Previous anatomical studies in mice and rats have indicated differential distributions of the MOR-1 and mE7/8 isoforms (Abbadie et al., 2000a, 2000b, 2001, 2004; Ding et al., 1996). In examining sites either directly related to the intracerebral ingestive actions of opioid agonists and antagonists, and/or sites in which opioid peptides, receptors or mRNA is changed as a function of ingestive state, the present study indicated quite striking site-specific differences in immunoreactivity. Thus, the MOR-1-LI was greater than mE7/8-LI in two brainstem sites, the rostral NTS and PBN, and in two of the forebrain sites, the NAC (core and shell) and the central nucleus of the amygdala (Table I). In contrast, mE7/8-LI was greater than MOR-1-LI in all four hypothalamic nuclei (PVN, periventricular, arcuate and VMH) as well as the BNST and lateral septum (Table I). It is important to note that these differences are matters of degree, not a situation in which one isoform is present and the other is absent. It is also important to note that the intensity of immunoreactivity may not have anything to do with the abundance of the proteins because different antibodies can yield different intensities. This caveat is also extended to the antisera probes used in the present study which were derived an epitope from the C-terminus of the mE7/8-LI isoform (PTLAVSVAQIFTGYPSPTHVEKPCKSCMDRGMRNLLPDDGPRQESGEGQLGR) (see: Abbadie et al., 2000a for details). Although exon 7 in the mouse is highly homologous to the rat, the sequences of the mouse and rat exon 8 diverge, explaining why this antiserum does not recognize the cloned rMOR-1C1 and rMOR-1C2 isoforms previously reported in the rat (PCKSYRDRPRPCGRTWSLKSRAESNVEHFHCGAALIYNNVNFI; see review: Pan, 2005). Thus, the mE7/8-LI antisera employed in the present study may label a rat variant containing an exon homologous to the mouse exon 8 which underscores the complexity of the opioid receptor system with respect to its function in a yet another complex system of food intake homeostasis (see review: Pan, 2005; Pasternak et al., 2004).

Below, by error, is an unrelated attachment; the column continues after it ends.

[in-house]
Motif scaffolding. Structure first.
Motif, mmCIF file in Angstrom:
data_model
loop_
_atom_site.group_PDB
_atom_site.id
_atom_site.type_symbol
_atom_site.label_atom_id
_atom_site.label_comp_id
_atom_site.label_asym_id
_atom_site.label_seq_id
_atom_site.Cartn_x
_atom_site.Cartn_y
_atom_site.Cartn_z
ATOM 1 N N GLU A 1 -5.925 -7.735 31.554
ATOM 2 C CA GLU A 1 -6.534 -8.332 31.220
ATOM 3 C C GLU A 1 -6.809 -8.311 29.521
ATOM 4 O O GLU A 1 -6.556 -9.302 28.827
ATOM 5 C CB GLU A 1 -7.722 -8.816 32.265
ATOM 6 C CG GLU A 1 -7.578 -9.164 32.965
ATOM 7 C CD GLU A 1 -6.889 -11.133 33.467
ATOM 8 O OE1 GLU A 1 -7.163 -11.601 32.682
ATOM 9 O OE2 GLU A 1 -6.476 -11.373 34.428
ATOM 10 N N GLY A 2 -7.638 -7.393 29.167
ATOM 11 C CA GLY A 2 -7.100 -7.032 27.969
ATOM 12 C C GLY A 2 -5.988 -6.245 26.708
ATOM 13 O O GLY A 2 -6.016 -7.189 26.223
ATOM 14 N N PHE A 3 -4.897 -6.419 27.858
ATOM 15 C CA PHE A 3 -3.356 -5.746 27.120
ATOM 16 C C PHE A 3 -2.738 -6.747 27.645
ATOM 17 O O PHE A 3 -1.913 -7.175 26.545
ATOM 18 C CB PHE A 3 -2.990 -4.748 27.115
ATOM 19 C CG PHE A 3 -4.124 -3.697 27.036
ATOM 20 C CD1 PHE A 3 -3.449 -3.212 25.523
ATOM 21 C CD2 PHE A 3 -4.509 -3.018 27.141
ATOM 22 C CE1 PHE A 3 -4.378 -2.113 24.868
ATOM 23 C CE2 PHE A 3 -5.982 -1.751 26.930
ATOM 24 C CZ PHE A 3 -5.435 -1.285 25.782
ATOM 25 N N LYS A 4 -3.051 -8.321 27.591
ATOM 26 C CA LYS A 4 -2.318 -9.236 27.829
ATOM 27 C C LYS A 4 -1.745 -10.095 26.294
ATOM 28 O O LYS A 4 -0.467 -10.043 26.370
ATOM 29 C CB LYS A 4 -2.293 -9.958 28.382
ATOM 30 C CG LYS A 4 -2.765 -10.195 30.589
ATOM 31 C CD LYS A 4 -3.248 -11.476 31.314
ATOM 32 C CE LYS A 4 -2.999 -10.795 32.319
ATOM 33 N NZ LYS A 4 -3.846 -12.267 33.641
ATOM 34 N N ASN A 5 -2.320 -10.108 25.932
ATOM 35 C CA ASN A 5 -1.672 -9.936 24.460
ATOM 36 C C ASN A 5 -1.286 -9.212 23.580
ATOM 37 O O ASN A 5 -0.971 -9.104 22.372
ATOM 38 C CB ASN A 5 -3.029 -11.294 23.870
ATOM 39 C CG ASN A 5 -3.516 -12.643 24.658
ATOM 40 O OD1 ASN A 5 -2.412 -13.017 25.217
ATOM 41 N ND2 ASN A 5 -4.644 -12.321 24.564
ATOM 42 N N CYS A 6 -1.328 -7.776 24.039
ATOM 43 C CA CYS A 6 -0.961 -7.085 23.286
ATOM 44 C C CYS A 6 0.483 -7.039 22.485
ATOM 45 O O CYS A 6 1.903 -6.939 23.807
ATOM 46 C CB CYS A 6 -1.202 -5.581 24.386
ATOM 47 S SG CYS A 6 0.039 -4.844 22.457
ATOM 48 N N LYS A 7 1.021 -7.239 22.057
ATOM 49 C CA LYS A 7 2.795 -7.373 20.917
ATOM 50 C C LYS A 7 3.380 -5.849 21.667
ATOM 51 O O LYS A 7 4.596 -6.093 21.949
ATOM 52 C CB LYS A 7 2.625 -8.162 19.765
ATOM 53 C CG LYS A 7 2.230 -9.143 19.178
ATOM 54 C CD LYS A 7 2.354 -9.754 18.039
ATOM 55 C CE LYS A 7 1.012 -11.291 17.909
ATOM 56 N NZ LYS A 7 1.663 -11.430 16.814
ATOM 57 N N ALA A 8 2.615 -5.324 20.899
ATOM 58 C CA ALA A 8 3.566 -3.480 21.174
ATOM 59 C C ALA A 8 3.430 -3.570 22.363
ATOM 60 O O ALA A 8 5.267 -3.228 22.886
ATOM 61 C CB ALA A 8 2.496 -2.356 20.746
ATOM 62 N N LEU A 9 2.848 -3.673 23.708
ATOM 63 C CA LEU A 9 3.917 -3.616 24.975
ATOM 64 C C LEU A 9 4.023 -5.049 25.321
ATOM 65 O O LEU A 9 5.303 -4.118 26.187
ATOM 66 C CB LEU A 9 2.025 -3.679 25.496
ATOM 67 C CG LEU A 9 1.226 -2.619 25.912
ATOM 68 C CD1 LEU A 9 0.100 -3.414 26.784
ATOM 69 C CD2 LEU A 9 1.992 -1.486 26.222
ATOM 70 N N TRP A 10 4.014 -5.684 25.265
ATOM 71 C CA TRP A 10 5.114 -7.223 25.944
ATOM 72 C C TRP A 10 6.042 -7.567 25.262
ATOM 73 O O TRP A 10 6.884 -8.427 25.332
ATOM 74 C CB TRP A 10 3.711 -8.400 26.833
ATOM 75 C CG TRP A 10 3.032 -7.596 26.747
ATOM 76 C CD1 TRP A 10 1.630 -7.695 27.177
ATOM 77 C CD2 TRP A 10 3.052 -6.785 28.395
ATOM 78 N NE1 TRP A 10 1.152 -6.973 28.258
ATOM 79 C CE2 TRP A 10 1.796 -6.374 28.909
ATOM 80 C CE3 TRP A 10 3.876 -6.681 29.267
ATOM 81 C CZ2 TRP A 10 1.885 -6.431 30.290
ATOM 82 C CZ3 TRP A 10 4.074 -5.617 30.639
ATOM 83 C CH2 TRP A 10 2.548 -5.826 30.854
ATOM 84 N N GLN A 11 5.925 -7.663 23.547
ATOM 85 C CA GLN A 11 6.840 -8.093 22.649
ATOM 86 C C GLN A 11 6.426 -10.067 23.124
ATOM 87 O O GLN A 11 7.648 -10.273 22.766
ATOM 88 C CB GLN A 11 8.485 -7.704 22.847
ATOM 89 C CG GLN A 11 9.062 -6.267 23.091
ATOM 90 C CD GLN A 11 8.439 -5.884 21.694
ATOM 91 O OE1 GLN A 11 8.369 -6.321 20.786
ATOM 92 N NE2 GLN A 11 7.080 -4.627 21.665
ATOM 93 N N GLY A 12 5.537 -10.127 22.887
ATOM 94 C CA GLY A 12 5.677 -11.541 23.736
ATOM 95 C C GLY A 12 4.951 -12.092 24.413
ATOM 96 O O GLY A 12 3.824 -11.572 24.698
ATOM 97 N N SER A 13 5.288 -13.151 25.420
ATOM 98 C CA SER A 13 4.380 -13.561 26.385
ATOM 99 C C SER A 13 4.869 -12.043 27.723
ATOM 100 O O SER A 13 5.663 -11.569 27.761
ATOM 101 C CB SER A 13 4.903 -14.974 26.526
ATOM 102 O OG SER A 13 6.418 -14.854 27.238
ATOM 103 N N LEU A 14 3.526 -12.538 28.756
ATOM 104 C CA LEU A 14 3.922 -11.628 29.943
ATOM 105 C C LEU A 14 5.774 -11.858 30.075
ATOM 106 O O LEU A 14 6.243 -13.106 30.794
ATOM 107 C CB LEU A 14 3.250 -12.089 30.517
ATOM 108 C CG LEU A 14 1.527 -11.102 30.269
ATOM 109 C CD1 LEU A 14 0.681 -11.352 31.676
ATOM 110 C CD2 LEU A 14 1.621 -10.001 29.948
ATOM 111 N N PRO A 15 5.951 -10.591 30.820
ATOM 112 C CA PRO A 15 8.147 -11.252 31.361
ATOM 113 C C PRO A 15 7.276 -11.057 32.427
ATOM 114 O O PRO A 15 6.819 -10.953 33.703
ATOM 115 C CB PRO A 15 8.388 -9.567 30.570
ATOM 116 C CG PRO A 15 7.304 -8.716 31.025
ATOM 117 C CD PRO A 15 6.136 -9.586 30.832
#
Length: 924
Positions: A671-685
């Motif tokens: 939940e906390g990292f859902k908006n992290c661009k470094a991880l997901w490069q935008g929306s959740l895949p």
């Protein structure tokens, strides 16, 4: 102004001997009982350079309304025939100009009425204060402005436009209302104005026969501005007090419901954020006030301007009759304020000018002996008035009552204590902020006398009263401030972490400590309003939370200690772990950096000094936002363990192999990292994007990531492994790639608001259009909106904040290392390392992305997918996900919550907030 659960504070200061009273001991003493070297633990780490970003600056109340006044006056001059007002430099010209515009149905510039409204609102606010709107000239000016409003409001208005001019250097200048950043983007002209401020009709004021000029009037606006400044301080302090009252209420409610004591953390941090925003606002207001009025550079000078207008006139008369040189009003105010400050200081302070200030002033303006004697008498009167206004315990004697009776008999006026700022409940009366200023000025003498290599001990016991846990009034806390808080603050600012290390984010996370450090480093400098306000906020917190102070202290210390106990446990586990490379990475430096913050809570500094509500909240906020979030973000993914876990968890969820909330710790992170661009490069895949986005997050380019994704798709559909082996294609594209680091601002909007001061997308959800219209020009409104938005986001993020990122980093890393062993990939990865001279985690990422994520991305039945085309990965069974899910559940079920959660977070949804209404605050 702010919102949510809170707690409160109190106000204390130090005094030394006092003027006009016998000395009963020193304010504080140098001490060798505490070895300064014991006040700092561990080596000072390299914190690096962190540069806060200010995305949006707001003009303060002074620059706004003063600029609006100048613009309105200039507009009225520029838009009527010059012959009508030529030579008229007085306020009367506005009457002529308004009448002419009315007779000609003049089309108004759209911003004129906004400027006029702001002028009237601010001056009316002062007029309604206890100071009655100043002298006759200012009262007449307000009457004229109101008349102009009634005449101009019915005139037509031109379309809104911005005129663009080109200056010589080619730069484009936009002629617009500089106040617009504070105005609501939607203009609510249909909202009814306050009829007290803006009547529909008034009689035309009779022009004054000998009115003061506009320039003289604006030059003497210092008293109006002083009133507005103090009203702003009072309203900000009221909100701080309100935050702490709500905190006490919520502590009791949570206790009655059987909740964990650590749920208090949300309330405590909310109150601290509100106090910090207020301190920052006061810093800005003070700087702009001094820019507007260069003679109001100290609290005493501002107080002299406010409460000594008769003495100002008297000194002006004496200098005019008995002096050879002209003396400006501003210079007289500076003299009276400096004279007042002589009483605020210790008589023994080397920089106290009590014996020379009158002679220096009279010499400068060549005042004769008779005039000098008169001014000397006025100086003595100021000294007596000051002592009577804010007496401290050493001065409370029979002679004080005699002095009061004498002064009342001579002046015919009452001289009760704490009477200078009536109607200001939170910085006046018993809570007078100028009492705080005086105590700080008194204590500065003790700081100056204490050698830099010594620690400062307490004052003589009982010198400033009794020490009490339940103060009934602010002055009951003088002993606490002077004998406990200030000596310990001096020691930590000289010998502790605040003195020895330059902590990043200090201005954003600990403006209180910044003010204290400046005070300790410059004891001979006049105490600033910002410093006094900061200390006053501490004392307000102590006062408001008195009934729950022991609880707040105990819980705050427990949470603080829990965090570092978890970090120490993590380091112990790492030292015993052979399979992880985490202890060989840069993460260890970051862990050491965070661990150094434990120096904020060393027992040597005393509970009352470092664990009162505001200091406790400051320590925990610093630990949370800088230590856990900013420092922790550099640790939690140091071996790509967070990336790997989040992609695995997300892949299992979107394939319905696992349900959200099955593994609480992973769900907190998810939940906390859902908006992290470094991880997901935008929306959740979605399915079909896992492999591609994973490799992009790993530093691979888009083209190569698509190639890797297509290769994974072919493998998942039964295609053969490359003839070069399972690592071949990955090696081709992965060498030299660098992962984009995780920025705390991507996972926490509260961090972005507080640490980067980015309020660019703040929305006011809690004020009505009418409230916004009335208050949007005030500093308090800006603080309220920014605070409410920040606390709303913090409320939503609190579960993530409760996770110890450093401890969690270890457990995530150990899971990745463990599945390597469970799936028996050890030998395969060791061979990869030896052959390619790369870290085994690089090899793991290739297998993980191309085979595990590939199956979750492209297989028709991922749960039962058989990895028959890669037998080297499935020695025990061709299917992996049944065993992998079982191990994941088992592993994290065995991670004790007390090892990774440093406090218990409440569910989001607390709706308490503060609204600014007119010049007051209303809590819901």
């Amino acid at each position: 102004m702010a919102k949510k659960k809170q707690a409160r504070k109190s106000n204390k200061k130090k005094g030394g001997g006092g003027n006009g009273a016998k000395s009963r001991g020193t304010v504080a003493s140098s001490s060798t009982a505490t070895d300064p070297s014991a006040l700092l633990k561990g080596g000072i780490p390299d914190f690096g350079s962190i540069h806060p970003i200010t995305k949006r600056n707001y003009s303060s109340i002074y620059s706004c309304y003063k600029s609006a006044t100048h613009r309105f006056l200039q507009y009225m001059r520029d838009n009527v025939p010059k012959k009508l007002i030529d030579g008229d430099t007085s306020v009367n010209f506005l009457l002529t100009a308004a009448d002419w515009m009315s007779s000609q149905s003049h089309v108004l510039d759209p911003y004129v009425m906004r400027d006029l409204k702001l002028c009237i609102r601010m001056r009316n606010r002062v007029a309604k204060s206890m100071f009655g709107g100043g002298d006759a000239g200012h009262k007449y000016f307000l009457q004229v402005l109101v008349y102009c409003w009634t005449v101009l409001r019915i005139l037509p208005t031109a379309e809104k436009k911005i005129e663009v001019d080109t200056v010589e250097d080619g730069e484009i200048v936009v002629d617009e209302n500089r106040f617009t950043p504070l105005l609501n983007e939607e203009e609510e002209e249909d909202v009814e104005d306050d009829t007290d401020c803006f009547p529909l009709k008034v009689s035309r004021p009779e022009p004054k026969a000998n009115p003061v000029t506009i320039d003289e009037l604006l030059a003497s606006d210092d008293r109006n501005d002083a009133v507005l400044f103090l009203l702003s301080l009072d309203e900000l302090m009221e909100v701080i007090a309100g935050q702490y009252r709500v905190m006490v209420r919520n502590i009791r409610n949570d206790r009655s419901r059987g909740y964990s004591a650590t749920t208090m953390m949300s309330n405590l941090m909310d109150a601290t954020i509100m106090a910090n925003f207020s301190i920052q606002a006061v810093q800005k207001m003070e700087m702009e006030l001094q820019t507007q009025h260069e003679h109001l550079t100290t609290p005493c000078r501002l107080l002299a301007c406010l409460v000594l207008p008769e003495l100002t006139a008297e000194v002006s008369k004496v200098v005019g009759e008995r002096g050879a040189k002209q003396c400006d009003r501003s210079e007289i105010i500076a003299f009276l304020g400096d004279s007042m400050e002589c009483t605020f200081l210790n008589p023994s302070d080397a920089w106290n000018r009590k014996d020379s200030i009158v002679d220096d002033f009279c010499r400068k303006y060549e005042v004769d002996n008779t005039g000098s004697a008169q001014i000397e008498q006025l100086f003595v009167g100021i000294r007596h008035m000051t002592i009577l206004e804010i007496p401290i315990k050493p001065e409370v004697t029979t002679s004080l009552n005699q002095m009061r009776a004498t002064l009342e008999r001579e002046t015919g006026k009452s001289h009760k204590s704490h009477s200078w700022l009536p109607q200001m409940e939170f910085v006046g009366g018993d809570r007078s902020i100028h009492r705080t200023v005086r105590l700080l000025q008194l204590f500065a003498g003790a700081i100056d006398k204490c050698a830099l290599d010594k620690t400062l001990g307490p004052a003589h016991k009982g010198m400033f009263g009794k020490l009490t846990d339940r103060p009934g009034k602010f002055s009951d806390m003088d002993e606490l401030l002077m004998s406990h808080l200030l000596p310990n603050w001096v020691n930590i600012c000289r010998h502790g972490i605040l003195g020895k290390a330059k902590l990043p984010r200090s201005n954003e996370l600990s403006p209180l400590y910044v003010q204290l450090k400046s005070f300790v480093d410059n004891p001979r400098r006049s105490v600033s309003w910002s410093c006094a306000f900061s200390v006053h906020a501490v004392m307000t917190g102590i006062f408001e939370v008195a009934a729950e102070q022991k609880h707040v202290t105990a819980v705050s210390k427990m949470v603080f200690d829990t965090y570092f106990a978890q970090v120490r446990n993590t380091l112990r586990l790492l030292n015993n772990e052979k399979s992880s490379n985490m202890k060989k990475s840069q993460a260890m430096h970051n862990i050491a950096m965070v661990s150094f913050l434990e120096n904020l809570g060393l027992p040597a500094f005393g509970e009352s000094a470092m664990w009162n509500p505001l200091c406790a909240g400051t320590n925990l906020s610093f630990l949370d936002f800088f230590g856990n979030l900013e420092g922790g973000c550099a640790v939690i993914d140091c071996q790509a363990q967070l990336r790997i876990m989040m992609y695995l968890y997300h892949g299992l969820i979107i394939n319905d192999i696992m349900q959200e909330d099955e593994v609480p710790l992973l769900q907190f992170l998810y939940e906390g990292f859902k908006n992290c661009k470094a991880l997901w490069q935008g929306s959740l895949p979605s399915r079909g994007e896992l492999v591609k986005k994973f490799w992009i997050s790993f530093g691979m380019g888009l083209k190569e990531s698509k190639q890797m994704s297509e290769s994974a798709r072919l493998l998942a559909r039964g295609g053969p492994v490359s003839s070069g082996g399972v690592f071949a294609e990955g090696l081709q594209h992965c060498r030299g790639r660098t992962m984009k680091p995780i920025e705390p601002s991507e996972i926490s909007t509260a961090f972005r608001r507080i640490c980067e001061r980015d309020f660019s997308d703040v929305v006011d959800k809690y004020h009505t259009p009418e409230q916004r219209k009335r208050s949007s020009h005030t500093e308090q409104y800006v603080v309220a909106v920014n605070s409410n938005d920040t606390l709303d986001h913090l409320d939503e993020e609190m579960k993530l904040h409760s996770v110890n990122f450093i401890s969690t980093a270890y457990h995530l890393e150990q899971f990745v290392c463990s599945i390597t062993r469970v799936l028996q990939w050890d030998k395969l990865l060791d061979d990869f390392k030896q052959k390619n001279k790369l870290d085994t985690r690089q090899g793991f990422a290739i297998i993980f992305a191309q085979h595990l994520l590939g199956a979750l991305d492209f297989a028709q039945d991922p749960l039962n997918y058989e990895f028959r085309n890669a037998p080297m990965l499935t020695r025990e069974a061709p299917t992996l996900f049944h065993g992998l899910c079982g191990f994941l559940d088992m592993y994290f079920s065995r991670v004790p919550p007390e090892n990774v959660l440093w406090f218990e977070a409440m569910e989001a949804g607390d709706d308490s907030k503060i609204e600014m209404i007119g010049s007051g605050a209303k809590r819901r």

Neither food restriction nor food deprivation significantly altered either the density or number of MOR-1-LI in any of the nuclei examined, suggesting that these manipulations failed to change MOR-1 gene expression in these opioid-sensitive ingestion-related sites. Deprivation-induced feeding is reduced to the same degree by general and mu-selective opioid antagonists (Arjune et al., 1990; Bodnar et al., 1995; Brown and Holtzman, 1979; Cooper, 1980; Frenk and Rogers, 1979; Holtzman, 1974, 1975; Kelley et al., 1996; Koch and Bodnar, 1994; Koch et al., 1995; Levine et al., 1990a, 1991; Maickel et al., 1977; Ragnauth et al., 1997; Simone et al., 1985; Thornhill and Saunders, 1984; Ukai and Holtzman, 1988). Yet only modest, but significant reductions in deprivation-induced feeding occurred following administration of MOR-1 AS ODN probes in the rat and mouse (exons 2, 3 and 4: Hadjimarkou et al., 2003, 2004). This stands in contrast to the ability of MOR-1 AS ODN probes directed against each of its four exons to reduce spontaneous intake and body weight (Leventhal et al., 1996), and the ability of mu-selective antagonists and MOR-1 AS ODN probes to produce comparable levels of inhibition of feeding elicited by glucoprivation (Arjune et al., 1990; Burdick et al., 1998; Koch and Bodnar, 1994), lipoprivation (Stein et al., 2000) and by mu-selective opioid agonists (morphine, DAMGO, morphine-6β-glucuronide, BEND: Leventhal et al., 1997, 1998; Silva et al., 2001). The fact that MOR-1-LI is not appreciably altered by either food restriction or food deprivation complements the modest actions of MOR-1 AS ODN probes upon deprivation-induced feeding. Combined with the modest effects of other AS probes targeting exons 2, 4, 7, 8, or 13 in both the rat and mouse, these observations together suggest that the effects are mediated by combinations of variants, explaining why the antagonists, which block all the isoforms, are more effective than antisense, which targets a limited number (Hadjimarkou et al., 2004).